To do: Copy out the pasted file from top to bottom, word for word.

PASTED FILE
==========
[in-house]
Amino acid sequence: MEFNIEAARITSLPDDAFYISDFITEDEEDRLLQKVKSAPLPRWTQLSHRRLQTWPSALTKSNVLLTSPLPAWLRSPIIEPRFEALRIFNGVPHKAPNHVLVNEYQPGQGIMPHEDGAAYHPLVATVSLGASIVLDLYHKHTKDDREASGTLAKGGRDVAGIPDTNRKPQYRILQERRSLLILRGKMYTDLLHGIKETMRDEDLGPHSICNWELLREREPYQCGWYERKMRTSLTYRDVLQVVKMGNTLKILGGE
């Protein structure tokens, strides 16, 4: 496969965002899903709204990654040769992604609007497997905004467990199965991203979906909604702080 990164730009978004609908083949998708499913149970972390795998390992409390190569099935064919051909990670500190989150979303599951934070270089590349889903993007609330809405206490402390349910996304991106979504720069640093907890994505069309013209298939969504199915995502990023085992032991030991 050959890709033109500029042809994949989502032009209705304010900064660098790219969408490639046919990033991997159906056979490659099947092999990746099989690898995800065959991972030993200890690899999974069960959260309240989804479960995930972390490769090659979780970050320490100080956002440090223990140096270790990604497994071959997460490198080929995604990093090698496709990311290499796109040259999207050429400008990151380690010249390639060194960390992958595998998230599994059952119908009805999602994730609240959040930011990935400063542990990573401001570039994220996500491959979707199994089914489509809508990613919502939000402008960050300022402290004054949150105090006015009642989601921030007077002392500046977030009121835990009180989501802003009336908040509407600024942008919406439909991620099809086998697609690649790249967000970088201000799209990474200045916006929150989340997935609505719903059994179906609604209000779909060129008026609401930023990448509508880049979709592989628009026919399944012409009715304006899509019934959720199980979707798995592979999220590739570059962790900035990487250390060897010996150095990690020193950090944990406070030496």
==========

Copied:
[in-house]
Amino acid sequence: MEFNIEAARITSLPDDAFYISDFITEDEEDRLLQKVKSAPLPRWTQLSHRRLQTWPSALTKSNVLLTSPLPAWLRSPIIEPRFEALRIFNGVPHKAPNHVLVNEYQPGQGIMPHEDGAAYHPLVATVSLGASIVLDLYHKHTKDDREASGTLAKGGRDVAGIPDTNRKPQYRILQERRSLLILRGKMYTDLLHGIKETMRDEDLGPHSICNWELLREREPYQCGWYERKMRTSLTYRDVLQVVKMGNTLKILGGE
């Protein structure tokens, strides 16, 4: 496969965002899903709204990654040769992604609007497997905004467990199965991203979906909604702080 990164730009978004609908083949998708499913149970972390795998390992409390190569099935064919051909990670500190989150979303599951934070270089590349889903993007609330809405206490402390349910996304991106979504720069640093907890994505069309013209298939969504199915995502990023085992032991030991 050959890709033109500029042809994949989502032009209705304010900064660098790219969408490639046919990033991997159906056979490659099947092999990746099989690898995800065959991972030993200890690899999974069960959260309240989804479960995930972390490769090659979780970050320490100080956002440090223990140096270790990604497994071959997460490198080929995604990093090698496709990311290499796109040259999207050429400008990151380690010249390639060194960390992958595998998230599994059952119908009805999602994730609240959040930011990935400063542990990573401001570039994220996500491959979707199994089914489509809508990613919502939000402008960050300022402290004054949150105090006015009642989601921030007077002392500046977030009121835990009180989501802003009336908040509407600024942008919406439909991620099809086998697609690649790249967000970088201000799209990474200045916006929150989340997935609505719903059994179906609604209000779909060129008026609401930023990448509508880049979709592989628009026919399944012409009715304006899509019934959720199980979707798995592979999220590739570059962790900035990487250390060897010996150095990690020193950090944990406070030496």